In the course of the month of July 1811—and after the 9th (of said month) Henry W. Ball arrived in Northumberland—and at Mount Sion—(then the residence of William Gordon) where Elizth L. Jones then was—who recollects—that the subject of Violets—being for sale was several times conversed on by Henry W. Ball and her-self—Which introduced the subject she does not remember, nor suppose of any importance—But Elizth L. Jones—certainly related the distress of Violet (to (H.W. Ball) when Major Ball ordered her to go to North. Court House—and also the part she took in behalf of the sale of Violets being postponed until a letter could be forwarded or until Henry W. Ball himself sh. arrive in Northum. and he did not deny having authorized, or requested, his Brother Major Ball, to dispose of Violet and her children by sale—and Henry W. Ball stated as his Brother had before done—that Violet had conducted her-self very unbecomingly to her mistress (Mrs Ball) to which Elizth L. Jones replied that Violet could be hired out—if she did not conduct her-self to the satisfaction of Mrs Ball—and W. Henry Ball reply to that was that Violet wd. not agree to be hired out in the City—Where he had proposed— and it then appeared as if she was immediately sent down to Northumd and power vested in the hands of Major Ball to dispose of her by sale—But to whom, or where he was instructed to sell Violet and her children is impossible for Elizth L. Jones to say—It is more than probable that she mentioned to Henry W. Ball—the doubts which Mr. Gordon had expressed relative to his obtaining a sufficient title for Violet and her children—supposing he had purchased them—and Elizth L Jones is also under the impression that she inquired of W. H Ball—whether it never occured to him—that Violet could not loyally be disposed of in Virginia—and to the best of her recollection on that point—He said he wished to give her a chance of being disposed of in the neighbourhood of her Husband Emanuel if it could be done—But did not occupy[?] him self fully on the subject—Elizth L. Jones—being interested in the fate of Violet (then making[?] reference to what W. Ball had said respecting her not agreeing to be hired out in the City—) observed that she was concerned now that Violet had found—some difficulty in getting a resident of Virginia to purchase her, Her that she wd. be willing to return to Washington and said all she would to prevail on Mr. Ball to give her another trial.— And after some days had passed and during Mr. Balls stay at Mount Sion—He told Elizth L. Jones—that he had some where seen Emanuel the Husband of Violet (it is necessary to observe—that Violet still continued to conceal her-self from the 9th of July) & who said she wd. make her appearance to her Master—and then w. be willing to return to the City of Washington—or receive his instructions what she sh do—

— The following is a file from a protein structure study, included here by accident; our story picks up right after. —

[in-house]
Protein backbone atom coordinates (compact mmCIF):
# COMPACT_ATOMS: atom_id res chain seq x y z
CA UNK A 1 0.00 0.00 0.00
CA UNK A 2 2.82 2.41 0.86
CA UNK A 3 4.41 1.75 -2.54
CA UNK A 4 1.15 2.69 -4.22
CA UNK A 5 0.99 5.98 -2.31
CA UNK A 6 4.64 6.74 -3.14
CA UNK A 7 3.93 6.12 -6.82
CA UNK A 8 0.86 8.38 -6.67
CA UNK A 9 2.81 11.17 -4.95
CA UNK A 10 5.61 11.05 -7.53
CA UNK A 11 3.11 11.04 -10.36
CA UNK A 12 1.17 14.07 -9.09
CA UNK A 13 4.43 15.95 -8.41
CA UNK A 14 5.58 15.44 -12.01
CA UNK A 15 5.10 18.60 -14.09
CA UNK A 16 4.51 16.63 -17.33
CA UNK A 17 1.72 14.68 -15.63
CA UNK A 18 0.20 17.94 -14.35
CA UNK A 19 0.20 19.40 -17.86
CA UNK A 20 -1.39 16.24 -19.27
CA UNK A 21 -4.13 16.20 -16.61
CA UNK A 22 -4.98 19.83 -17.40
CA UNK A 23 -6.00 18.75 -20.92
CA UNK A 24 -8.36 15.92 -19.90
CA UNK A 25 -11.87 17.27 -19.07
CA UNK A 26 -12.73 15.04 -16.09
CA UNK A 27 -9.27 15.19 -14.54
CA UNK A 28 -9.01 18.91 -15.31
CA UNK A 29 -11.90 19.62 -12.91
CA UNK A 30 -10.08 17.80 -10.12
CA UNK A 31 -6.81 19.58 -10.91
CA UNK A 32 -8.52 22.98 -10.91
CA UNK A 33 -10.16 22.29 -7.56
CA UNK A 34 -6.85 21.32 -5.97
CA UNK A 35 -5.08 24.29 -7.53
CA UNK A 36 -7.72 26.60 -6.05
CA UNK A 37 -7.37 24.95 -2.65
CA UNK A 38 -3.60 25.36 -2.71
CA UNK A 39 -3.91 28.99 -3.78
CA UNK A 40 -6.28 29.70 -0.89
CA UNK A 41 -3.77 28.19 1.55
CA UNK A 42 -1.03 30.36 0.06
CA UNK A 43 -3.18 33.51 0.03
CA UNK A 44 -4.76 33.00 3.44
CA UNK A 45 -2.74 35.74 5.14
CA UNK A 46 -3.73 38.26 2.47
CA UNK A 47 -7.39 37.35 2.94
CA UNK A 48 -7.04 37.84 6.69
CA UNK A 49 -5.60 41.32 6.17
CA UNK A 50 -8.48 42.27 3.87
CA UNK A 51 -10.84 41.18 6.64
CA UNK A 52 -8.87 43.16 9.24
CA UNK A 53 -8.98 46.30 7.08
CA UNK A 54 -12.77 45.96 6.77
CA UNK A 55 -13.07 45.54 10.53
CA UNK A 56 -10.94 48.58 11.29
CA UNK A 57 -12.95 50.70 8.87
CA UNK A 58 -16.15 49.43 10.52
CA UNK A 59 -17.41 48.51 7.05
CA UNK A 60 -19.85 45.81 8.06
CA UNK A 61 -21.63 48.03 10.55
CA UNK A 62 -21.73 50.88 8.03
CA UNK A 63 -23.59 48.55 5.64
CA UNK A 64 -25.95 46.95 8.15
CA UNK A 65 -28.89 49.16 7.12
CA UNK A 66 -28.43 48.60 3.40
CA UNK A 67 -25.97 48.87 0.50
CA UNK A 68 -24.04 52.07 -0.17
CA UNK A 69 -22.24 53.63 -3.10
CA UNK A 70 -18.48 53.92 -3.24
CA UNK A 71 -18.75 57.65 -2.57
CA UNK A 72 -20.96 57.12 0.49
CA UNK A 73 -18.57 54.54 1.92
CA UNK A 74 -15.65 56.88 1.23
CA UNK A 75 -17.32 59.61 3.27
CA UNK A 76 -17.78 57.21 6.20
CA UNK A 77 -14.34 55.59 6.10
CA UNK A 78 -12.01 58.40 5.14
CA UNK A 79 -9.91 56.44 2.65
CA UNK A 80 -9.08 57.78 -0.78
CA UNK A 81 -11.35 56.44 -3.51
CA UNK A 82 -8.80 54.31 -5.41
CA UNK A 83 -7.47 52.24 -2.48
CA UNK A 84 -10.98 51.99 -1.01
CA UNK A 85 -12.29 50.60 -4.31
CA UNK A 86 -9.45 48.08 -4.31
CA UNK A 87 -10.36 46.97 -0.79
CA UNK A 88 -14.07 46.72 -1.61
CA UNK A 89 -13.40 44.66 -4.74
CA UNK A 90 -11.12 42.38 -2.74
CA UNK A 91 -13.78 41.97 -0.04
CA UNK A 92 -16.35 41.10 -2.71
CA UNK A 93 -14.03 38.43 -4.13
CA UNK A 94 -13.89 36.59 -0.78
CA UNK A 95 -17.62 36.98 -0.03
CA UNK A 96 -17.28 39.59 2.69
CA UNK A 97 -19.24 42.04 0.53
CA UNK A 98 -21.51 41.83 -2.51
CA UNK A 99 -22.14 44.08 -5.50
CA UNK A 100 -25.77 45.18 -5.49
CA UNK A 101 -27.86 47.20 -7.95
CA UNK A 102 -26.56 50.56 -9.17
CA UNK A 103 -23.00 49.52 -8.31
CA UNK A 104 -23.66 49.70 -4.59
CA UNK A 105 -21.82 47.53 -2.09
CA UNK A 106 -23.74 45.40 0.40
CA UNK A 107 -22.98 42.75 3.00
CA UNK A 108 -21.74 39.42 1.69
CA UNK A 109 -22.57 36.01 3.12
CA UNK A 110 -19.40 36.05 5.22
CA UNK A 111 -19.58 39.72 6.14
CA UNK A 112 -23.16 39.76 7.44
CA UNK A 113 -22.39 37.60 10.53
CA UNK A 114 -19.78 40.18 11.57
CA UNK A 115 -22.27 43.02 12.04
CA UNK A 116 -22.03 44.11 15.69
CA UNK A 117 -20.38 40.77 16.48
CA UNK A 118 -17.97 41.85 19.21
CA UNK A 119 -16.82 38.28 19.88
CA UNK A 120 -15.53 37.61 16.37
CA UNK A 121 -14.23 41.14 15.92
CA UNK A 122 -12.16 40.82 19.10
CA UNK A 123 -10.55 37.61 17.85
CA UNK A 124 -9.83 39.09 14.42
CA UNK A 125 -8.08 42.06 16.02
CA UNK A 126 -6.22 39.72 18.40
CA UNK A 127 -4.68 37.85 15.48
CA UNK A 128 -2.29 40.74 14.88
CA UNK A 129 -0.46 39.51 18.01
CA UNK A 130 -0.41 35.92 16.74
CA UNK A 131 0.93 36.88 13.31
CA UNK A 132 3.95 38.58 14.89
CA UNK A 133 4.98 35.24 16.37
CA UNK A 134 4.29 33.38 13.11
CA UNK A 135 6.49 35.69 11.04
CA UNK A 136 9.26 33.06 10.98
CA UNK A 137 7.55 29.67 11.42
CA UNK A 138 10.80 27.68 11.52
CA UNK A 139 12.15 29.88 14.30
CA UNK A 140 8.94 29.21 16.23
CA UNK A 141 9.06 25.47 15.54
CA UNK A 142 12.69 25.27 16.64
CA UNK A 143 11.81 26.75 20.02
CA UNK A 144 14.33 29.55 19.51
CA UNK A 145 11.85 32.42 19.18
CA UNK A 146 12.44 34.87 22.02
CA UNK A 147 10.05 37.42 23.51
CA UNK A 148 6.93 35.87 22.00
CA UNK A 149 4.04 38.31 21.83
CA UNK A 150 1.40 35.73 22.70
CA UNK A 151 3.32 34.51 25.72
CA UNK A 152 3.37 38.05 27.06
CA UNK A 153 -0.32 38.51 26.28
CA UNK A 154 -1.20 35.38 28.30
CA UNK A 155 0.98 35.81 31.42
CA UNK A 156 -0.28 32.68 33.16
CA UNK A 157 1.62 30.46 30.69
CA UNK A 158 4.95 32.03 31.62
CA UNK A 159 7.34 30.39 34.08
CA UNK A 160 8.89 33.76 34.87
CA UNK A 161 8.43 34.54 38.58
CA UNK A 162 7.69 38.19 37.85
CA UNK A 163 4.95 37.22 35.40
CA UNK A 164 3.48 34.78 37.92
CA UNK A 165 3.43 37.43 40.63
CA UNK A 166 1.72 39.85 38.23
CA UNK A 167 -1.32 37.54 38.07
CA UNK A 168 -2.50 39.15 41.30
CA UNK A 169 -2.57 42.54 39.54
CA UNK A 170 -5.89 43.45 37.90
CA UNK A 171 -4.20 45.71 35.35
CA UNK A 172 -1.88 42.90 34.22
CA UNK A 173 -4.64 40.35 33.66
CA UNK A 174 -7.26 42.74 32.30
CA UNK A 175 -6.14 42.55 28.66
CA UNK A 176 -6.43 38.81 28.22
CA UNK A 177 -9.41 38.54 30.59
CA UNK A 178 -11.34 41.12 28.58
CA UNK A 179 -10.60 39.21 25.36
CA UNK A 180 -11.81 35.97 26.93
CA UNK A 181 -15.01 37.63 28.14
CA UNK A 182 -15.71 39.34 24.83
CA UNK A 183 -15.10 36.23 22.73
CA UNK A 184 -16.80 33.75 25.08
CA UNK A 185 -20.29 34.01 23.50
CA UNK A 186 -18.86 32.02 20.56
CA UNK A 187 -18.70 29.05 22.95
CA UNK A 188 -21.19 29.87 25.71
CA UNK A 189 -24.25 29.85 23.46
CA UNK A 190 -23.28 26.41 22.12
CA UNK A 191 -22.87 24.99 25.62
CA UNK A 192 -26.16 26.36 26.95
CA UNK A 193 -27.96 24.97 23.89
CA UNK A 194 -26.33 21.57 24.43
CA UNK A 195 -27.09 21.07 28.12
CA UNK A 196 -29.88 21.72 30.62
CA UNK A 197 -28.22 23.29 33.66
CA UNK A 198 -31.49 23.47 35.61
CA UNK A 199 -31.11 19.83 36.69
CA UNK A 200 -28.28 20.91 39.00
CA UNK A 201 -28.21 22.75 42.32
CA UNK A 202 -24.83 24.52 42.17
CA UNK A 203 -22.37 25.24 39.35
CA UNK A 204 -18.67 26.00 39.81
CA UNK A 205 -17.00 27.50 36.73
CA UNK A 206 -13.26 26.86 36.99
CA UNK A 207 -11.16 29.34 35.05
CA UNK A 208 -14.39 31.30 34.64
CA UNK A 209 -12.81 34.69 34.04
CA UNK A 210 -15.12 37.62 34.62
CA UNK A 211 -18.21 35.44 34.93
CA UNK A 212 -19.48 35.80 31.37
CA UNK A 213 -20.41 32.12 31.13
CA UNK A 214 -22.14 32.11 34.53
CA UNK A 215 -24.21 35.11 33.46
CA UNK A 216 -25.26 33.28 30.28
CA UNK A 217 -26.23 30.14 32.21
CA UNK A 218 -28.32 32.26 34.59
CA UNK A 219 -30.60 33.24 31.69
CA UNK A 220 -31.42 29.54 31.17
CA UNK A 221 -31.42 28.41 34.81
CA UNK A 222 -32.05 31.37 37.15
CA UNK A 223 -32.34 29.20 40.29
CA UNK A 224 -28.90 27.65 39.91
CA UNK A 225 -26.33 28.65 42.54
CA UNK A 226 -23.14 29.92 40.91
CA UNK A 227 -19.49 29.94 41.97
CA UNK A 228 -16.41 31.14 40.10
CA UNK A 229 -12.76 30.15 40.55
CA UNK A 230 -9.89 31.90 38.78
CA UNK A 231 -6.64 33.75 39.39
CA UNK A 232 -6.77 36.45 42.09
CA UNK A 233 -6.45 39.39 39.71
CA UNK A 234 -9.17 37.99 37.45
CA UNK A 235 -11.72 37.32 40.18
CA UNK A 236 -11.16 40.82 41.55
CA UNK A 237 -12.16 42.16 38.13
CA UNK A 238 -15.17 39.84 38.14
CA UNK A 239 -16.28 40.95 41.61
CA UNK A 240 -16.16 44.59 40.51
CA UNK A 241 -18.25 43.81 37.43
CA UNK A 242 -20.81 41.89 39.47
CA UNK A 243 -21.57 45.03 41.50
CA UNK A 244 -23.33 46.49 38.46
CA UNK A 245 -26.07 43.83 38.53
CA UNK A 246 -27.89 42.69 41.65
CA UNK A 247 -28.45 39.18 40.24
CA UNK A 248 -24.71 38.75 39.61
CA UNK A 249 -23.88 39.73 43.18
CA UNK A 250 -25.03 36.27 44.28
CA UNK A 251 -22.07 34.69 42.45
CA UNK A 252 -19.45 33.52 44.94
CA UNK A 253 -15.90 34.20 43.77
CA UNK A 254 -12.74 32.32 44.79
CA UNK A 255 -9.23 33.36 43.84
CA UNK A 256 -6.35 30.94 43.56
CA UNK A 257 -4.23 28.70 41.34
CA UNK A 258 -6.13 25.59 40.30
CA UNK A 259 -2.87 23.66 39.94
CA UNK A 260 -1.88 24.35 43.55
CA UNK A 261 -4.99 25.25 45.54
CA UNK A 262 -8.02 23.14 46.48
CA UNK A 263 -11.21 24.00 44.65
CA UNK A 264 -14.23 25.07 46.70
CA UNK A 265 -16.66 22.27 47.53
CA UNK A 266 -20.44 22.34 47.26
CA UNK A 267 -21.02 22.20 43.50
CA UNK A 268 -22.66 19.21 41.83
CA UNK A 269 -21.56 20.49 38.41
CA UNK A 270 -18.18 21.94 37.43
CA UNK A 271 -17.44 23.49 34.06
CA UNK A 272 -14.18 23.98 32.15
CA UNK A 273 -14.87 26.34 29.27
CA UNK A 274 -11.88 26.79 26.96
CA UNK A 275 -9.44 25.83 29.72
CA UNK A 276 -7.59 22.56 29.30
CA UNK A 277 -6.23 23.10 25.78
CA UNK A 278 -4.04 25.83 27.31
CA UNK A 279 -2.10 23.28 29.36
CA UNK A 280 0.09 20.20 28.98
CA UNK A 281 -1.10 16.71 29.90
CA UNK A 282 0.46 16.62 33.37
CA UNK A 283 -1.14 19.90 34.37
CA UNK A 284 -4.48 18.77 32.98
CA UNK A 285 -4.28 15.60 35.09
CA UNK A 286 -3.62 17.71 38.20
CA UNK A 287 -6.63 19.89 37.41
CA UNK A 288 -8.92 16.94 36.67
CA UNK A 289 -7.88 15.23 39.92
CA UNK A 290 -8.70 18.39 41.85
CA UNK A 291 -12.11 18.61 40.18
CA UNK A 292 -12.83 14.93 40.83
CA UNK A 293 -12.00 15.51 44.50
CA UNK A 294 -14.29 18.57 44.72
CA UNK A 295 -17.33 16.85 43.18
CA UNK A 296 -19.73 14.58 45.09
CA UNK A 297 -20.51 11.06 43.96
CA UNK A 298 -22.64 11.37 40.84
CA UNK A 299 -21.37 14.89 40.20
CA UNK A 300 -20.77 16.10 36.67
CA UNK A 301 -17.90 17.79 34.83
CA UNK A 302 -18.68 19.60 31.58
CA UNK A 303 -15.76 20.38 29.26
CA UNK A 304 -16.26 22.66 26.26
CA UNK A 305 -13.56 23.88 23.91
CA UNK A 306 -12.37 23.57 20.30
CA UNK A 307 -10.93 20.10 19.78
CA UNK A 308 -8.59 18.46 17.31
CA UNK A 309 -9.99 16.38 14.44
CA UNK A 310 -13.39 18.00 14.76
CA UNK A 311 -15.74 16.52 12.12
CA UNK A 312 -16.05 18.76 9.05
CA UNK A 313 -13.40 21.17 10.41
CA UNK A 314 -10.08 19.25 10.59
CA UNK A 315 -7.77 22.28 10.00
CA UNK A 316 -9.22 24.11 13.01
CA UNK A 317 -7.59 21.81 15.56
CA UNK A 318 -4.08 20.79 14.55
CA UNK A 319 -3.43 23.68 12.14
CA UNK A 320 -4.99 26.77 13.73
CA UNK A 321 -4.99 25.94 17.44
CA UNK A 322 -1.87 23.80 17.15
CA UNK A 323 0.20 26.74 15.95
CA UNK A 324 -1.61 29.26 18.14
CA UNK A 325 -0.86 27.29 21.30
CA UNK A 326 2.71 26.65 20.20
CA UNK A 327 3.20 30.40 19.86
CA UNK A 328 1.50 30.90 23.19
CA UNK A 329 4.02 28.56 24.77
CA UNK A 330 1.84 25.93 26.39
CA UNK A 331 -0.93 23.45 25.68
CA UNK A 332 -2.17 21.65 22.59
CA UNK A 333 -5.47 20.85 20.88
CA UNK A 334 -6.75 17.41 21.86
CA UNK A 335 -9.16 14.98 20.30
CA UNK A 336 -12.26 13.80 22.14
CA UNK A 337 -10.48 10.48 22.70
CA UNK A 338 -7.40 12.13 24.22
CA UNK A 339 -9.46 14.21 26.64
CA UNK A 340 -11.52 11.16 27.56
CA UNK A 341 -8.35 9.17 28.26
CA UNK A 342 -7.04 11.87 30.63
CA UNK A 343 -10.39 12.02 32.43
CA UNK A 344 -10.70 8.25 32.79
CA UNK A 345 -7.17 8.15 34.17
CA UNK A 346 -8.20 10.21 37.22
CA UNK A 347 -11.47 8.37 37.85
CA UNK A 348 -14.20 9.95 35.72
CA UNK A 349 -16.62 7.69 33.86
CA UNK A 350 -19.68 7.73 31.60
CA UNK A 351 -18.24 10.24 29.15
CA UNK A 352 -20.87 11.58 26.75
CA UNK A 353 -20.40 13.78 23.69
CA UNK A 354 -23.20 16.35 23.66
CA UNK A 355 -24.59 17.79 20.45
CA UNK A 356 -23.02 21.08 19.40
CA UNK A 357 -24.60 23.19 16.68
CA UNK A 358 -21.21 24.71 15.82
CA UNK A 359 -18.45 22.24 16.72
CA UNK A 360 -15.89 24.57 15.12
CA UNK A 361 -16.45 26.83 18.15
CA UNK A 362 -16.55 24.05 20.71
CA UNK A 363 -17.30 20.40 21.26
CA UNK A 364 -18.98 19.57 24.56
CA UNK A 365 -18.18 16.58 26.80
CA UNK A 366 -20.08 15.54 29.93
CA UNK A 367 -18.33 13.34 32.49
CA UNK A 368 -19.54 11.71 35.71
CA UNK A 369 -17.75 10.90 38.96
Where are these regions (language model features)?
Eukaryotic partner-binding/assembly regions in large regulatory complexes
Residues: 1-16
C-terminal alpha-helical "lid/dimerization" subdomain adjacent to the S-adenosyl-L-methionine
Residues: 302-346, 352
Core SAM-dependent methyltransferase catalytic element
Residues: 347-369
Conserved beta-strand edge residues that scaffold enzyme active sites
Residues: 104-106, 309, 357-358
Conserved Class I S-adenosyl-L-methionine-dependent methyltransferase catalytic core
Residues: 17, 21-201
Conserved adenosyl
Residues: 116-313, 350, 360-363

Mr. Ball—did not see Violet as he expected from what Emanuel had told him—and upon his leaving North. for the City of Washington—Mr. Ball requested Elizth L. Jones—to inform Violet—(shd. she go to Mount Sion that it was his instructions that she sh. return to Washington—when Captn Masles[?] vessel saild from Cane[?] River, which was about the latter part of August—and accordingly Violet—went to Mount Sion—to receive her Masters orders—which were left with with Elizth L Jones for her—And Violet said if she could collect some articles of hers which she wished to carry with her—she shd. go—But the before being expected to sail that day—Violet did not get ready to go that opportunity—Nor did Elizth L Jones—see her again, until October—when she endeavourd to learn where Violet was—And was informed, that she had been amongst her Husbands relations and had been sick—(Still in Northd Va)—And why it was any concert of Elzth Jones's—where Violet was—as when she wd. leave Northumd. was in consequence of her receiving a letter from H.W. Ball—wherein he requested her—to make use of her enarticles[?] to get Violet off as speedily as possible, for Washington City—And accordingly she left Northd Virga in the early part of October 1811—agreeable to her Masters instructions which were made known to her thro. the medium of Elizth L. Jones,——


7. Did Major Ball while Violet was with his knowledge at Mount Sion, & before she concealed herself tell & how long shortly after her return to Virginia say in your presence and hearing that he had orders from the Deft to sell her & her children?

Elizth L. Jones does not recollect ever to have heard Major Ball say—until the 9th of July, that he was authorized by the Deft to sell Violet and her children—, at which time he very decidedly (and at Mount Sion) informed her that his brother Henry W. Ball had requested him by letter to dispose of Violet and her children by sale—adding that a much longer time had elapsed than he wished in complying with the request of his Brother—as herin & before stated by Elizth L. Jones—

8. Did Major Ball then or ever acknowledge in your presence & hearing that proposals had been made between him & Mr Gordon about the sale of Violet—and did you understand from him that it was in consequence of such proposal that she was remaining at Mr Gordon's?

Major Ball was at Mr. Gordons after Violet was there initiated, as a domestic (and before the 9th of July—) and when she was waiting and passing about the House without reserve[?]—And Elizth L. Jones—did not hear Major Ball say any thing about at that time to the best of her recollection—